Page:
Is Vegetable Oil Flammable? It Depends

Every household probably has a bottle of vegetable oil sitting in their kitchen cabinet. It gets used for a number of things, and we tend to take it for granted.

However, if you’ve been in the kitchen enough, you will know how dangerous vegetable oil can be. But is vegetable oil flammable or combustible?

Why Vegetable Oil isn’t Technically Flammable

If we’re being honest, we don’t think about vegetable oils and safety enough.

You’ve probably seen some oil go up in flames at some point, but there’s a lot that you should know about this product.

While it isn't technically considered to be a flammable substance (per OSHA, see more below), there just might be more to the story.

If you want to find out, just keep reading! We’re going to go through what you need to know about vegetable oil, and why its flammability depends on how you look at things.

About Vegetable Oil

We all know about vegetable oil, but it’s worth running through a few facts.

Firstly, vegetable oil is simply an umbrella term for all oils that come from either parts of fruit or the seeds of vegetables.

These oils can be used at very high temperatures, and they have a much higher boiling point than water does (which is 212 degrees Fahrenheit or 100 degrees Celsius).

As such, they are popular choices for frying.

With that being said, there are many vegetable oils. Some can be used at higher temperatures than others, and they all have different smoke points.

The vegetable oils that are used in the kitchen are ones that have very high smoke points.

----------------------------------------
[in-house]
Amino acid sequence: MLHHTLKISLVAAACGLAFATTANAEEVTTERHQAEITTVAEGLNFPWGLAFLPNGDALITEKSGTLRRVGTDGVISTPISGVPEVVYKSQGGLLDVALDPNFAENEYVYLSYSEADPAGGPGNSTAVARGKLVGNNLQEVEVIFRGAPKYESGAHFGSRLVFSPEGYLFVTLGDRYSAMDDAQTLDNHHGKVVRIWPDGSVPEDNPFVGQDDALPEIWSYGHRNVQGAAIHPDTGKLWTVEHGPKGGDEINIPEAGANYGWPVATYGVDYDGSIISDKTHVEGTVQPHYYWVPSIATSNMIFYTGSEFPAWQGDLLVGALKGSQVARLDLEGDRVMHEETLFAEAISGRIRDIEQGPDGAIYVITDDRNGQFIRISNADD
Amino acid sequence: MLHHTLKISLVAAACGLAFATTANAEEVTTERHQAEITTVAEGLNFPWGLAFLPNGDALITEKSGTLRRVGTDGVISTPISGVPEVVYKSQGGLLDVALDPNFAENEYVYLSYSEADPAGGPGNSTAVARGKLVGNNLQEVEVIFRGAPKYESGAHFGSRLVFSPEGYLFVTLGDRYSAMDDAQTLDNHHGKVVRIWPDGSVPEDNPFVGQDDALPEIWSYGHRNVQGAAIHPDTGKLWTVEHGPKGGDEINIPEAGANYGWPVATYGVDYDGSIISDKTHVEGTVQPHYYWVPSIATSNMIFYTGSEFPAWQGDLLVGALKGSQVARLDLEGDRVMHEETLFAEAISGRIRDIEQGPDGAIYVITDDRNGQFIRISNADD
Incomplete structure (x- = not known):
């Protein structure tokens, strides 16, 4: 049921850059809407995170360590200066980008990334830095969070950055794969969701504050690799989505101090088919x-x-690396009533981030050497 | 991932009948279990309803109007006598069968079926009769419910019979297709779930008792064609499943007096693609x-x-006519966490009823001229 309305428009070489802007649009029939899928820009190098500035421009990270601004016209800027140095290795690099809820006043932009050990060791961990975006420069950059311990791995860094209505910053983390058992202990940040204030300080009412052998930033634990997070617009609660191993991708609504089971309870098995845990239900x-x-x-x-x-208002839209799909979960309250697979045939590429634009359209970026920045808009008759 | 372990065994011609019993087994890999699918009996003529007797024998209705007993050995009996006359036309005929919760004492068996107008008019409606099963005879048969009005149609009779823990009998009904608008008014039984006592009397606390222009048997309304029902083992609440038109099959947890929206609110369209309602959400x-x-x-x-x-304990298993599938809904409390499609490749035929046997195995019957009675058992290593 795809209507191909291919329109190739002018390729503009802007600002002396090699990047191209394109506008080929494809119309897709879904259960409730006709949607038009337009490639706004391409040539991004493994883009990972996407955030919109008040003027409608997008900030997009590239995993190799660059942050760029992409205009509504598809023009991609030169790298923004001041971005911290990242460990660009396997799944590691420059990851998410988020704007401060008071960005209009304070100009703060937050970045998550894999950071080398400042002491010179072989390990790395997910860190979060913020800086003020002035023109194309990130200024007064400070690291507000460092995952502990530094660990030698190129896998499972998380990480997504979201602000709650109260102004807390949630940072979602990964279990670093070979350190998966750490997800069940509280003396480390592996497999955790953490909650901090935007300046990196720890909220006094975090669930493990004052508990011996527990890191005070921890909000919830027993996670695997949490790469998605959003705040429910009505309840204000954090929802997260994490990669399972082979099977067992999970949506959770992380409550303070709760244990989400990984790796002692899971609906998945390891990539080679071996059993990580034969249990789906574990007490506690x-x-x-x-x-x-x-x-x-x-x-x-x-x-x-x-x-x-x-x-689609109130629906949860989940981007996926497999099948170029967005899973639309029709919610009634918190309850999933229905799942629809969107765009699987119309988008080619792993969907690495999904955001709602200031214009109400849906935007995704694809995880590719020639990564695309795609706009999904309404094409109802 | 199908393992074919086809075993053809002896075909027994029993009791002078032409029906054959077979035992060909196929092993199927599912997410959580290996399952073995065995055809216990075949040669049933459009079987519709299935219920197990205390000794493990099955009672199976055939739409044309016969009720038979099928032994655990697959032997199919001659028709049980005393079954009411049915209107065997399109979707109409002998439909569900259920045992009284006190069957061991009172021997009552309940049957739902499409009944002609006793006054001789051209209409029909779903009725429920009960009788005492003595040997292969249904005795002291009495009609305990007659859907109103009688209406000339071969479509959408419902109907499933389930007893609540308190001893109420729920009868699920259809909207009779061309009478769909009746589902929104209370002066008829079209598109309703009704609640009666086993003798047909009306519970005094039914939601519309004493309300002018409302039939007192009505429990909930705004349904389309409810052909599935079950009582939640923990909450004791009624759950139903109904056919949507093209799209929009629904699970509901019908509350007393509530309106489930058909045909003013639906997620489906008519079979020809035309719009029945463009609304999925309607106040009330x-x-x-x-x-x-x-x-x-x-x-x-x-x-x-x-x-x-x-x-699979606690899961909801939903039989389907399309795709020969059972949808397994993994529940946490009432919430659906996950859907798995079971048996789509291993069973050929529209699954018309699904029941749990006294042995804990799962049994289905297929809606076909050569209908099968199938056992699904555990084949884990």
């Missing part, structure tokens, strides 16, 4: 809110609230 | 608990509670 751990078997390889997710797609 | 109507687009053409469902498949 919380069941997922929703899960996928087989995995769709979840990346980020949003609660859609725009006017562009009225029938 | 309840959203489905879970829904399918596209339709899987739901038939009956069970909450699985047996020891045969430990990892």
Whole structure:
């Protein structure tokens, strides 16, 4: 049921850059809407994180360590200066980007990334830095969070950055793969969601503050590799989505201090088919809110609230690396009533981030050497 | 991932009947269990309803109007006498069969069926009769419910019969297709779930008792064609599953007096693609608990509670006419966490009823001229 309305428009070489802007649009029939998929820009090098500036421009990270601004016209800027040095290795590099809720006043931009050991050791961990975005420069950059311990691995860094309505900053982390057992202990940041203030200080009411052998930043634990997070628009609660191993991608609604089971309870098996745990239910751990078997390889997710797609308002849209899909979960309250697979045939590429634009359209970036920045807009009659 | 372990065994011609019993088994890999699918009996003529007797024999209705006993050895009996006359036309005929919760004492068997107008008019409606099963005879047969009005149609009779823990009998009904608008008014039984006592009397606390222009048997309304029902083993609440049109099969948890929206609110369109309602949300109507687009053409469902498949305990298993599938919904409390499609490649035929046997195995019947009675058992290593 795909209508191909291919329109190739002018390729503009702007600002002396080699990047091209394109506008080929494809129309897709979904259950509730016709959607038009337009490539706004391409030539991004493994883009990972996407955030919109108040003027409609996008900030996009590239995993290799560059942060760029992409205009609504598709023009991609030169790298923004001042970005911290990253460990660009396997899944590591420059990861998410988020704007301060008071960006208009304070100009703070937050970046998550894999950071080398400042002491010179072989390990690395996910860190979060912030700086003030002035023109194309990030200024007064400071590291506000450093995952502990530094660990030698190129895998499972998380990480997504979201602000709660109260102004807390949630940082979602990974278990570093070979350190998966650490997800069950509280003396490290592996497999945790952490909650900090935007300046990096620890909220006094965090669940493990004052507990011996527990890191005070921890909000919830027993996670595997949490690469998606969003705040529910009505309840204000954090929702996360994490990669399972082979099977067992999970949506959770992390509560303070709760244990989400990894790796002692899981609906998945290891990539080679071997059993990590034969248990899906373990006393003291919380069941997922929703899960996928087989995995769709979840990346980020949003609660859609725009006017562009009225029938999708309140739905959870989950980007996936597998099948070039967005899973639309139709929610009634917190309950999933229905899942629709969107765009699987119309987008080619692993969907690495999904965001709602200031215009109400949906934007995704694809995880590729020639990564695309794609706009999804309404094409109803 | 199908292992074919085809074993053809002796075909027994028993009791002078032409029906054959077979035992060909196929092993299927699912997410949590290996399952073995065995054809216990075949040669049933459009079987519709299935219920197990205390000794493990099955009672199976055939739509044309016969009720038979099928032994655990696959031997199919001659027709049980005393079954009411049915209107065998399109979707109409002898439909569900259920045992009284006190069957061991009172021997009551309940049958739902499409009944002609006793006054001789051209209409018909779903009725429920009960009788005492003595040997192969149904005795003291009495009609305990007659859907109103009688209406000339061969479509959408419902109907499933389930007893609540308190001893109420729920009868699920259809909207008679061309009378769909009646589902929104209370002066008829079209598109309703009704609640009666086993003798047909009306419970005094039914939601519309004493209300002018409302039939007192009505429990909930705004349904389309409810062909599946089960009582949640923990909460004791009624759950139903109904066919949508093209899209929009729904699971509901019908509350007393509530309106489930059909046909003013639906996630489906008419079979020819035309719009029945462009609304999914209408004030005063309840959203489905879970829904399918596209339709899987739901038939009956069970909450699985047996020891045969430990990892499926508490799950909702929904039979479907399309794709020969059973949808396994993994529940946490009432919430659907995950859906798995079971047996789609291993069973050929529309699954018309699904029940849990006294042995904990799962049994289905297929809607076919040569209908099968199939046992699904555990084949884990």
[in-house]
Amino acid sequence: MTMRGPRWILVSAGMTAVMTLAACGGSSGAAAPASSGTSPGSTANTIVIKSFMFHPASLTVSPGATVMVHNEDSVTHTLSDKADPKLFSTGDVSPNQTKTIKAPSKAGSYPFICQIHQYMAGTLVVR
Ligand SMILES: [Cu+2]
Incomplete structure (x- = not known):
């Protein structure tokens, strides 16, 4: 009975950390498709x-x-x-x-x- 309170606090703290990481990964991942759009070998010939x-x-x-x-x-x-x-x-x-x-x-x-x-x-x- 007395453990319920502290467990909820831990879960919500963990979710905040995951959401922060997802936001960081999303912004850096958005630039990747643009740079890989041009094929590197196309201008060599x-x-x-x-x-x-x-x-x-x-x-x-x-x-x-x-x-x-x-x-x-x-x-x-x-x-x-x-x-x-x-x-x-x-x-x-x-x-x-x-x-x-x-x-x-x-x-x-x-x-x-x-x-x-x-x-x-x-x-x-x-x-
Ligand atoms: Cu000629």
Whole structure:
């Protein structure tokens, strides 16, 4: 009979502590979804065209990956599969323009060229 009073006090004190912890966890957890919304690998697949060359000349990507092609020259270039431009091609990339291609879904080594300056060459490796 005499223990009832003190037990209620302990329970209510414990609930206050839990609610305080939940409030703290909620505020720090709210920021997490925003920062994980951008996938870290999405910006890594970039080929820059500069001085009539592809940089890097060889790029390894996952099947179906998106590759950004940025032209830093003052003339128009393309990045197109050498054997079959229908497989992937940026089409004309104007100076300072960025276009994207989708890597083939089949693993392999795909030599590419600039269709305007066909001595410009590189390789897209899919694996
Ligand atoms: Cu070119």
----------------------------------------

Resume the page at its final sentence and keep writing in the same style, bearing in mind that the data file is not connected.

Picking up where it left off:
This means that they need to reach extreme temperatures before they begin to emit smoke – this is a crucial part of cooking.

Why It Isn’t Technically Flammable

Why Vegetable Oil isn’t Technically Flammable

Now, onto why vegetable oil isn’t technically a flammable substance. We’ll be taking a look at the flash point for these oils to fully understand the reasoning behind the claim.

But It Burns, Right?

All right, we all probably know that vegetable oil can burn, right?

These oils are actually responsible for causing roughly 49% of home fires (according to the NFPA).

There are things that make vegetable oil use more dangerous than it needs to be (like cooking over a gas flame).

However, there is one primary thing to look out for if you are worried about your vegetable oil catching fire.

What would that be?


Smoke is the first warning sign that your vegetable oil is ready to catch fire. The smoke point is the clearest sign you will get that something isn’t right, right before a fire starts.

When vegetable oil reaches its smoke point, it is very close to being able to catch fire, and that’s the time you need to act.

If an oil fire were to start, it isn’t so easy to deal with. You would need to have a fire extinguisher that is specially made to deal with oil fires.

If you used something else, like one for regular fires, the results could be catastrophic. You could unintentionally lead to the fire spreading rather than putting the flames out.

Some popular vegetable oils and their smoke points include the following:

  • Safflower - 510°F (265°C)
  • Soybean - 450-495°F (230-257°C)
  • Canola - 400-450°F (204-230°C)